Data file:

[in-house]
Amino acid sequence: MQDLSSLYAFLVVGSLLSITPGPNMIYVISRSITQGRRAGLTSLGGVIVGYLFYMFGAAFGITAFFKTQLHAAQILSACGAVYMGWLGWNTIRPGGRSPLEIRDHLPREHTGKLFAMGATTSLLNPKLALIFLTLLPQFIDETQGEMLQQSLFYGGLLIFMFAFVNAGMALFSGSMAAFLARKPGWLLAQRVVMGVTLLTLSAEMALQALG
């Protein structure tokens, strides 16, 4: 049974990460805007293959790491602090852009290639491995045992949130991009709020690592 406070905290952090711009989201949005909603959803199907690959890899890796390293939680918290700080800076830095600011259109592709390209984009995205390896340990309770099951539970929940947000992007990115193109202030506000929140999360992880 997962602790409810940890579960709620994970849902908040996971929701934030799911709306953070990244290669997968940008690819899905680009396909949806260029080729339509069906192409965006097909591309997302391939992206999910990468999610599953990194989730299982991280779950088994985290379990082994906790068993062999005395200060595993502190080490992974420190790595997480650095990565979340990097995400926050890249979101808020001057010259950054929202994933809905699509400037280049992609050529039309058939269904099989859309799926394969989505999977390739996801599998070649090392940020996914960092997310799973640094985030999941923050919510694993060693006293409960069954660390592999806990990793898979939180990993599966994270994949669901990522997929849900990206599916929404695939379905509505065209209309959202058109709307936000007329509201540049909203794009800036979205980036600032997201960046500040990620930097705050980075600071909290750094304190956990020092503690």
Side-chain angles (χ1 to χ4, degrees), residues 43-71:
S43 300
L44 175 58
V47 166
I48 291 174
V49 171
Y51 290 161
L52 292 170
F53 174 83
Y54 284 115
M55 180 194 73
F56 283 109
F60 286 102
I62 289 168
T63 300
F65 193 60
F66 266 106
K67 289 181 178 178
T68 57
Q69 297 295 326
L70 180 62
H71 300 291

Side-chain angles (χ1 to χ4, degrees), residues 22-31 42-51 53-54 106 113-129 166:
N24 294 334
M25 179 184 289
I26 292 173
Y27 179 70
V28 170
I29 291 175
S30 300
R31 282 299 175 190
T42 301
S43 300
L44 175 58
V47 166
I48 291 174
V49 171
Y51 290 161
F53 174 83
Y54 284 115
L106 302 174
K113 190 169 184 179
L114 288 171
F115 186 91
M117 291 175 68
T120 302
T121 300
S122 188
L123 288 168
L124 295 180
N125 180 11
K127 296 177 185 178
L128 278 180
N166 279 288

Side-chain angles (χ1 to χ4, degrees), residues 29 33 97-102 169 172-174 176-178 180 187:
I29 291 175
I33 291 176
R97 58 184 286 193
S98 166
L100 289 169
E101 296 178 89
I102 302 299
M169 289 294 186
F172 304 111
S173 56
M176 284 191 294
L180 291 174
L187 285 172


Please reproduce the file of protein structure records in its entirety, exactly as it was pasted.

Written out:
[in-house]
Amino acid sequence: MQDLSSLYAFLVVGSLLSITPGPNMIYVISRSITQGRRAGLTSLGGVIVGYLFYMFGAAFGITAFFKTQLHAAQILSACGAVYMGWLGWNTIRPGGRSPLEIRDHLPREHTGKLFAMGATTSLLNPKLALIFLTLLPQFIDETQGEMLQQSLFYGGLLIFMFAFVNAGMALFSGSMAAFLARKPGWLLAQRVVMGVTLLTLSAEMALQALG
């Protein structure tokens, strides 16, 4: 049974990460805007293959790491602090852009290639491995045992949130991009709020690592 406070905290952090711009989201949005909603959803199907690959890899890796390293939680918290700080800076830095600011259109592709390209984009995205390896340990309770099951539970929940947000992007990115193109202030506000929140999360992880 997962602790409810940890579960709620994970849902908040996971929701934030799911709306953070990244290669997968940008690819899905680009396909949806260029080729339509069906192409965006097909591309997302391939992206999910990468999610599953990194989730299982991280779950088994985290379990082994906790068993062999005395200060595993502190080490992974420190790595997480650095990565979340990097995400926050890249979101808020001057010259950054929202994933809905699509400037280049992609050529039309058939269904099989859309799926394969989505999977390739996801599998070649090392940020996914960092997310799973640094985030999941923050919510694993060693006293409960069954660390592999806990990793898979939180990993599966994270994949669901990522997929849900990206599916929404695939379905509505065209209309959202058109709307936000007329509201540049909203794009800036979205980036600032997201960046500040990620930097705050980075600071909290750094304190956990020092503690």
Side-chain angles (χ1 to χ4, degrees), residues 43-71:
S43 300
L44 175 58
V47 166
I48 291 174
V49 171
Y51 290 161
L52 292 170
F53 174 83
Y54 284 115
M55 180 194 73
F56 283 109
F60 286 102
I62 289 168
T63 300
F65 193 60
F66 266 106
K67 289 181 178 178
T68 57
Q69 297 295 326
L70 180 62
H71 300 291

Side-chain angles (χ1 to χ4, degrees), residues 22-31 42-51 53-54 106 113-129 166:
N24 294 334
M25 179 184 289
I26 292 173
Y27 179 70
V28 170
I29 291 175
S30 300
R31 282 299 175 190
T42 301
S43 300
L44 175 58
V47 166
I48 291 174
V49 171
Y51 290 161
F53 174 83
Y54 284 115
L106 302 174
K113 190 169 184 179
L114 288 171
F115 186 91
M117 291 175 68
T120 302
T121 300
S122 188
L123 288 168
L124 295 180
N125 180 11
K127 296 177 185 178
L128 278 180
N166 279 288

Side-chain angles (χ1 to χ4, degrees), residues 29 33 97-102 169 172-174 176-178 180 187:
I29 291 175
I33 291 176
R97 58 184 286 193
S98 166
L100 289 169
E101 296 178 89
I102 302 299
M169 289 294 186
F172 304 111
S173 56
M176 284 191 294
L180 291 174
L187 285 172